Was this a near miss?
June 10, 2006 4:42 PM   Subscribe

A plane I was on seemed to have a very close encounter with another plane. Is it possible to find reports of 'near miss' incidents online?

Yesterday I flew Vancouver - Ottawa, sitting in a window seat on the left of the plane. At one point, just as I happened to look out the window, a plane flew past us closer than I've ever seen another plane while flying.

My instinct tells me that it was less than a football field's length away, but given that my estimating skills may not be perfect, let's say it was 250' - 500' away. Exactly the same altitude as my plane - we went through it's vapour trail very soon (maybe 5 seconds) after passing it, with associated turbulence. On a clock face, if we were travelling 6 -> 12, it was travelling 2 -> 8. My plane did not take any noticeable evasive action. As I did not see the other plane's approach (only after it passed us) I don't know if it had to. My instinct also tells me that anybody looking out of the window on the other side of the plane might have had a few anxious moments.

What constitutes a near miss? How far apart should planes be when at the same altitude? Can I find out if this warranted any report by the pilot?
posted by valleys to Travel & Transportation (21 answers total) 1 user marked this as a favorite
 
NMACS database

See also here and here.

According to that NIMACS page, here's the definition of a near miss.

Gald you made it one piece.
posted by bim at 5:08 PM on June 10, 2006


As an aside - article in last weekend's Toronto Star about near miss collisions in Canadian skies.
posted by meerkatty at 5:16 PM on June 10, 2006


Depends on if the pilots reported it. (generally, they do...)

I used to work in a building next to an airport. We could see the runways from our office, and a couple of the guys kept air traffic control scanners so that they could listen to the tower. Still remember one time when we watched a military jet take off from the south runway under max power (against tower's orders) and turn out towards the river while a little Horizon Air prop job was taking off on the north runway... they came very close to one another, enough for the F-15's wash to affect the lift of the prop job. The tower said, "Horizon (Flight #), would you like to file a midair on that?" and the Horizon pilot answered in a shaky voice, "Horizon (Flight #), yeah, give us a few on that midair...", which my coworker said translated to, "Sure, after we clean out our shorts..."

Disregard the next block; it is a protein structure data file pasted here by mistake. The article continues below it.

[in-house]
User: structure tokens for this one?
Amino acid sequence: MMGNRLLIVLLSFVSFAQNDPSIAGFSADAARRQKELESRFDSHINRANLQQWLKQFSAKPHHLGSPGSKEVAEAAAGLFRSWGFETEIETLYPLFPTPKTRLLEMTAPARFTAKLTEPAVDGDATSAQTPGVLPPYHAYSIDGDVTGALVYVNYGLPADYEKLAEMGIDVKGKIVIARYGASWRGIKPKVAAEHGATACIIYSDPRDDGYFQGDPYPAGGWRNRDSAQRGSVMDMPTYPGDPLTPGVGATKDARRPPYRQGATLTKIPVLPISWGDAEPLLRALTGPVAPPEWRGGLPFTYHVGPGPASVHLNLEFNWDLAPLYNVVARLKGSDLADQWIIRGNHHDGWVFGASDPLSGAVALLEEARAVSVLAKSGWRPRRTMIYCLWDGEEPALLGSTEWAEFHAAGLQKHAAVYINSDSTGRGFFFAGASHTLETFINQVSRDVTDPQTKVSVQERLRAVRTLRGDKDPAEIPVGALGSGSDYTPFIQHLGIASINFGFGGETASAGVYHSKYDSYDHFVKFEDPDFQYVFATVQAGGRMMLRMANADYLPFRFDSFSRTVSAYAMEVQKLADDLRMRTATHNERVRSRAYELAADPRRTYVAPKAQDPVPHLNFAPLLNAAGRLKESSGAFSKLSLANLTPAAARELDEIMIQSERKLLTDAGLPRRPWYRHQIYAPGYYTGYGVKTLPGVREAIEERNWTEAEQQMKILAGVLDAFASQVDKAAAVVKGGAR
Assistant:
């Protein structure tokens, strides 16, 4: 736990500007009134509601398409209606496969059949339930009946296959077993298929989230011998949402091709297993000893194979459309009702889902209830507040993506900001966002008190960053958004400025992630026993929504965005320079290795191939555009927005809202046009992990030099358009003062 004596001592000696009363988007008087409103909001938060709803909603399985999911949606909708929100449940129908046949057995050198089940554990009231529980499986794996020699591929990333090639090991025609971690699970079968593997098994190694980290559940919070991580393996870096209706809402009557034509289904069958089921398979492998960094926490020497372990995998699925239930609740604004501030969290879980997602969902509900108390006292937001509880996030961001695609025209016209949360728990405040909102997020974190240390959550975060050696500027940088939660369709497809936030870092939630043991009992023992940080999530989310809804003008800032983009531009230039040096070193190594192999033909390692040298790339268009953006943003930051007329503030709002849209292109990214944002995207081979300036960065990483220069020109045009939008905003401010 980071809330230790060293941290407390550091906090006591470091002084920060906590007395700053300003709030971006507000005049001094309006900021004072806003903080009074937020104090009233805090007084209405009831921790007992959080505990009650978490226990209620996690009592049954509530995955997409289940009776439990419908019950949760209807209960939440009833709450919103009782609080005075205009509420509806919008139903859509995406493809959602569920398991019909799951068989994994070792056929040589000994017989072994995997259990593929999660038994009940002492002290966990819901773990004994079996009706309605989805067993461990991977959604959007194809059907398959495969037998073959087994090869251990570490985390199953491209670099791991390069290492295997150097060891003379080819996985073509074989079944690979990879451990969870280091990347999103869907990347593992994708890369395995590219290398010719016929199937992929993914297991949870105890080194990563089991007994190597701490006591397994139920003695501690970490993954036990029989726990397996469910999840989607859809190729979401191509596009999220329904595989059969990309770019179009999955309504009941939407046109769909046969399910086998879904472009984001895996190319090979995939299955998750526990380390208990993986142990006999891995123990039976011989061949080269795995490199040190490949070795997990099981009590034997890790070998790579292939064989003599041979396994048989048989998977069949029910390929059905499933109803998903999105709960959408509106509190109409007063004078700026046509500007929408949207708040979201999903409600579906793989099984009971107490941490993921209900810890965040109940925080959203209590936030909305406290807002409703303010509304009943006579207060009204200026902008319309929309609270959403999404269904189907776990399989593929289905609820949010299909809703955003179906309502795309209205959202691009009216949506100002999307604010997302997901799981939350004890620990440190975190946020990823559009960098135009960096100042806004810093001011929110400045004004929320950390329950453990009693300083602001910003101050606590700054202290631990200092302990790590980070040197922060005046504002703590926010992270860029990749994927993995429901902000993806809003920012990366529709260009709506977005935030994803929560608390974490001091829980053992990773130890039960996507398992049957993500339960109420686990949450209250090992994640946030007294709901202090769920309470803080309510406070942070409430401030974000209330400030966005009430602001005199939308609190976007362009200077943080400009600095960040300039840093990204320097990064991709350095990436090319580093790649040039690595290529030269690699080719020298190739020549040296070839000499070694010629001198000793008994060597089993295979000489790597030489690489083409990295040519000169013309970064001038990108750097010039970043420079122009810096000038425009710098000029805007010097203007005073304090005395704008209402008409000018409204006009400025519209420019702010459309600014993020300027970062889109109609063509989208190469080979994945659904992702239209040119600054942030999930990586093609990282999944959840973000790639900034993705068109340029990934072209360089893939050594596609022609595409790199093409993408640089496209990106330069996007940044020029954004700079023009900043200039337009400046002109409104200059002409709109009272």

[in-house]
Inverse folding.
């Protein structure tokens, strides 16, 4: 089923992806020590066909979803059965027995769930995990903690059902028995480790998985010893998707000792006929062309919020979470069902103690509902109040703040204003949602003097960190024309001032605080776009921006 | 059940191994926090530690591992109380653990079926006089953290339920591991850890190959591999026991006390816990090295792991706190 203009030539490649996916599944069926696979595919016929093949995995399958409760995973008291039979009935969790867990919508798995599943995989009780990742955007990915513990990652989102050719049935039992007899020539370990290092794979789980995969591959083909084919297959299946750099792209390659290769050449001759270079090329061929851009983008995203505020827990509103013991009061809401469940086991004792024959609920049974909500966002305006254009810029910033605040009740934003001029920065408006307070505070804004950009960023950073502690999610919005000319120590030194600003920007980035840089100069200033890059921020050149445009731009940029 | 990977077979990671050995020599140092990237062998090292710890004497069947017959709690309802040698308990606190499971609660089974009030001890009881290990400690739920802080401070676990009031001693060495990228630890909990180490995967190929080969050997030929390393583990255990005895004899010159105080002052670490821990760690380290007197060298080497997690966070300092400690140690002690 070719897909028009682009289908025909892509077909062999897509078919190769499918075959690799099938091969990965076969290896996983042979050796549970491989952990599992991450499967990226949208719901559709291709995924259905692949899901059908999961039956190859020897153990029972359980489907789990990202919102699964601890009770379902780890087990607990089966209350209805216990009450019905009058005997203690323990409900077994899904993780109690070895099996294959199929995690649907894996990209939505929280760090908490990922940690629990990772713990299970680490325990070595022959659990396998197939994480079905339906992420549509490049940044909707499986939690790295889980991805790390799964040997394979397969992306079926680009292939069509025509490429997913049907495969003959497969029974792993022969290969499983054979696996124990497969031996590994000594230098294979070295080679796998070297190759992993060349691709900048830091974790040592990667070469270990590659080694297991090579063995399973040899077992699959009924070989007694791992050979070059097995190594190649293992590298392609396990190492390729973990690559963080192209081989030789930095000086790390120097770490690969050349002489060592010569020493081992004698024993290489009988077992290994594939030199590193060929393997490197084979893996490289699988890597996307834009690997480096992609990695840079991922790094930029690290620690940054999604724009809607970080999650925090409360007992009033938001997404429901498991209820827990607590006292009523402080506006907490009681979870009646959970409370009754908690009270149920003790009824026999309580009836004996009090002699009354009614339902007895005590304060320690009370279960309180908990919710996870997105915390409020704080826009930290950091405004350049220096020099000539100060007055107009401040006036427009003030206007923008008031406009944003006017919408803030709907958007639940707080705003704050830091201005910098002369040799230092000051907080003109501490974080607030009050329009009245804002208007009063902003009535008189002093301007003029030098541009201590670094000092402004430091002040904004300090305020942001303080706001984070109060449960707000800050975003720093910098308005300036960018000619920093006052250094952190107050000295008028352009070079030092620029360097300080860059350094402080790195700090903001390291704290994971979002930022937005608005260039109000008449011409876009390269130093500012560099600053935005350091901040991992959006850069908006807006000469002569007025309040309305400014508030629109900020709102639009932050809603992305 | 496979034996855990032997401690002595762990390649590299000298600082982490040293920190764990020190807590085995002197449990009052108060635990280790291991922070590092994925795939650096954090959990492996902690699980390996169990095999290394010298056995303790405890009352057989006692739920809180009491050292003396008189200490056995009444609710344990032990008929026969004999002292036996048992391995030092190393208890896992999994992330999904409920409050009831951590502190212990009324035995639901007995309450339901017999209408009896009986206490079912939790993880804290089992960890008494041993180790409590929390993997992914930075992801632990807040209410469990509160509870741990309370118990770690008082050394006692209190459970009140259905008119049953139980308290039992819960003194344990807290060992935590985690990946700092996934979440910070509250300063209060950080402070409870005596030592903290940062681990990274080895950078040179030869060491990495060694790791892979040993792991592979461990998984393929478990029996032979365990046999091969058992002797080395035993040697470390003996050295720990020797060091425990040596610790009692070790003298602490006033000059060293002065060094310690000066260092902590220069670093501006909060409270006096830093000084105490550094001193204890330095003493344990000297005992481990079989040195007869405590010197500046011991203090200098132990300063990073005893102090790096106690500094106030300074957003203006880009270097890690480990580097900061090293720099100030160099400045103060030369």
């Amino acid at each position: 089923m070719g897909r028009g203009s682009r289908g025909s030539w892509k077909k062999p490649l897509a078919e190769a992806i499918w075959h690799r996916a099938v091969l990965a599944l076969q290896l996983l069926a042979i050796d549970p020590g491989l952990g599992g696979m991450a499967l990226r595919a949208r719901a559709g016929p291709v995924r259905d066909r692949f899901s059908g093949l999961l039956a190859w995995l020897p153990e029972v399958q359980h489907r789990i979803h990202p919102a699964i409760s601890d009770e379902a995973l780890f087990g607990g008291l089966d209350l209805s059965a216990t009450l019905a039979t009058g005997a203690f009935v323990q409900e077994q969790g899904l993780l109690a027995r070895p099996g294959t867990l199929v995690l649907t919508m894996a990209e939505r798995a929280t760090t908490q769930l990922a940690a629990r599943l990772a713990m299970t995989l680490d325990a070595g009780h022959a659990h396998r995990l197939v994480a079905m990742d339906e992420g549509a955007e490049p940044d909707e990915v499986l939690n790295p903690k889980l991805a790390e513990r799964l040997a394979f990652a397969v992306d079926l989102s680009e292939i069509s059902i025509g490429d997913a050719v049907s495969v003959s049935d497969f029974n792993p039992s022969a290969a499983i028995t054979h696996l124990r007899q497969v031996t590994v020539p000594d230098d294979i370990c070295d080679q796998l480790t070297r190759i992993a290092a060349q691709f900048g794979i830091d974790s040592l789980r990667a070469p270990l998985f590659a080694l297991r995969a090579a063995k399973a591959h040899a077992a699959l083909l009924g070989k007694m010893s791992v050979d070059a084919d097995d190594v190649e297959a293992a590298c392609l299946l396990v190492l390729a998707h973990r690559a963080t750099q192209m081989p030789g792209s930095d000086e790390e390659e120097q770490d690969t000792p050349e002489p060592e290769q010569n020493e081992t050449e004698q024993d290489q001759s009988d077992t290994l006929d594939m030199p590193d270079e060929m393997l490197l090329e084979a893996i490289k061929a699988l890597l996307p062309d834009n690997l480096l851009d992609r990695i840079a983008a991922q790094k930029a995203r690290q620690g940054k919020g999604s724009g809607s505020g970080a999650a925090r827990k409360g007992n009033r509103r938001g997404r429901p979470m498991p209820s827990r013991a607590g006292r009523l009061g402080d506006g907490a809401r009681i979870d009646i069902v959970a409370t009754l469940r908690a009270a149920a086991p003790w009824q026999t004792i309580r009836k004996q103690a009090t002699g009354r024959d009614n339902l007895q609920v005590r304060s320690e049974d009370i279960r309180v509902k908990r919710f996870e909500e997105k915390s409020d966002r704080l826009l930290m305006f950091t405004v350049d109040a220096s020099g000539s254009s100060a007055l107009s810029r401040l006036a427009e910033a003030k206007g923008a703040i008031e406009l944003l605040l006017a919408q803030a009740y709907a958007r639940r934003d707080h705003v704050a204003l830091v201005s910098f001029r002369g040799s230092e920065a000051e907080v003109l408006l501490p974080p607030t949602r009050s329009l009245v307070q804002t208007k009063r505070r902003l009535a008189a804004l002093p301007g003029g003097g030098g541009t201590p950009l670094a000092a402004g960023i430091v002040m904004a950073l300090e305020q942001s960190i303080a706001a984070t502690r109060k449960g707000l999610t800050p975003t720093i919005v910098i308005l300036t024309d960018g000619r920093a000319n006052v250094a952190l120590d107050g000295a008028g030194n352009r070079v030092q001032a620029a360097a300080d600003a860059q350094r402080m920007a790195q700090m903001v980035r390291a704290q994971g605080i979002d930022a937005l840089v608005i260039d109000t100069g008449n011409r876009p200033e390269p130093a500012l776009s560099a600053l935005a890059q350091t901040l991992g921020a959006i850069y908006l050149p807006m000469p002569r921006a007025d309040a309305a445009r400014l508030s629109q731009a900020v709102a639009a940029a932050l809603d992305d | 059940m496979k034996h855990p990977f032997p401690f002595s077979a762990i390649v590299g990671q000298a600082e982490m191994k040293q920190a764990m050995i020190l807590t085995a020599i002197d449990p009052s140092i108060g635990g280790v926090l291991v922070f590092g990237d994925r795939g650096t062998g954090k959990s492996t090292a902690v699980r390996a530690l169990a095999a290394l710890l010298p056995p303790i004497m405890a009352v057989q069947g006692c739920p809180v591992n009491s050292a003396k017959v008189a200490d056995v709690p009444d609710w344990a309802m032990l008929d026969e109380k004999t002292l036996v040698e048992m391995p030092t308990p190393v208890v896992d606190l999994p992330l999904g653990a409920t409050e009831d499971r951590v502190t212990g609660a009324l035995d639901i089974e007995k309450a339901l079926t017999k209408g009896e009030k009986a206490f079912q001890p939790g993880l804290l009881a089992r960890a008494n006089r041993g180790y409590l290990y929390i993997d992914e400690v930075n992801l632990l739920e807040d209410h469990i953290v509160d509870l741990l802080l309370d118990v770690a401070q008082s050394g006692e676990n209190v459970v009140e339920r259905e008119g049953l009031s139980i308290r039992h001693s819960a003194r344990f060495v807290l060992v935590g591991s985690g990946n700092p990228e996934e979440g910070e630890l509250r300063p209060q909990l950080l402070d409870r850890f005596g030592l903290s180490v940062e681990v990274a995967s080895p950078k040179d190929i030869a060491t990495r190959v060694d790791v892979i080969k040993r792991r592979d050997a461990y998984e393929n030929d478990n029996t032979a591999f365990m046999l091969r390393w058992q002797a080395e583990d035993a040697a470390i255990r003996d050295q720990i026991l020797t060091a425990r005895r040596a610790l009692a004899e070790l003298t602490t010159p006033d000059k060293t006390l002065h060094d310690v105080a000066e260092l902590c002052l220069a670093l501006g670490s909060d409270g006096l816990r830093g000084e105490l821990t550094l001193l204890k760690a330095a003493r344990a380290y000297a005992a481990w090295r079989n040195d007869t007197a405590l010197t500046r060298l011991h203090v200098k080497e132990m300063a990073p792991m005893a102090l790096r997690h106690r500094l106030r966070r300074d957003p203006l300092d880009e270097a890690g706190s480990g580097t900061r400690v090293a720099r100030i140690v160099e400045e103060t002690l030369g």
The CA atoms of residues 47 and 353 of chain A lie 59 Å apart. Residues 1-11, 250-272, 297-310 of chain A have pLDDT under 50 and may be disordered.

posted by SpecialK at 5:20 PM on June 10, 2006


Plane to plane midair distances are exceptionally difficult to judge because of the lack of visual cues which we use when on the ground. A plane 1km away looks alarmingly large in the air.

If you were at cruising altitude, then assuming you were travelling at approx 500-600 km/h, in 5s you would have travelled about 700-800m, which is certainly within the 'near miss' category.
posted by unSane at 5:34 PM on June 10, 2006


wow, I was amazed to look at that NMAC site and see that 500 feet was regarded as the limit for near miss. My understanding was that anything less than 1km was cause for concern.
posted by unSane at 5:36 PM on June 10, 2006


In the United States I know that all aircraft are to be at least 2,000 feet away when in the air. It has substantially decreased over the years because of increased air traffic. Also, wake from other aircraft is the second highest cause of airplane crashes, FYI.

But Canada may be different. I don't know if that helps.
posted by thesiameseffect at 6:03 PM on June 10, 2006


My understanding was that anything less than 1km was cause for concern.

Maybe, but then they'd have to report more near misses.
posted by kirkaracha at 6:23 PM on June 10, 2006


thesiameseffect - got a citation for the "wake from other aircraft is the second highest cause of airplane crashes" comment? I find that exceedingly hard to believe. Pilot error, weather, and mechanical failure are a lot more likely to cause a crash than wake turbulence.

Statistics.
posted by autojack at 6:35 PM on June 10, 2006


Here's a good example of two planes that look really close but aren't.

http://www.snopes.com/photos/airplane/closedhl.asp
posted by DieHipsterDie at 6:57 PM on June 10, 2006


autojack-

So I may have been misinformed by almost every flight crew I have talked to, I do not know. Hell, I am always the first to say that I may be wrong. All I have to back myself up is the words of the many flight crew I have flown with. However, Pilot error (weather) may include airplane wake. Turbluence is caused by everything from weather to wake. It just may not be specific.

I apologize for the non-cited statistic. I'll definitely do my research next time.
posted by thesiameseffect at 7:01 PM on June 10, 2006


It appears that Canada has become tight lipped about its CADORS database claiming national security reasons as indicated in the notice.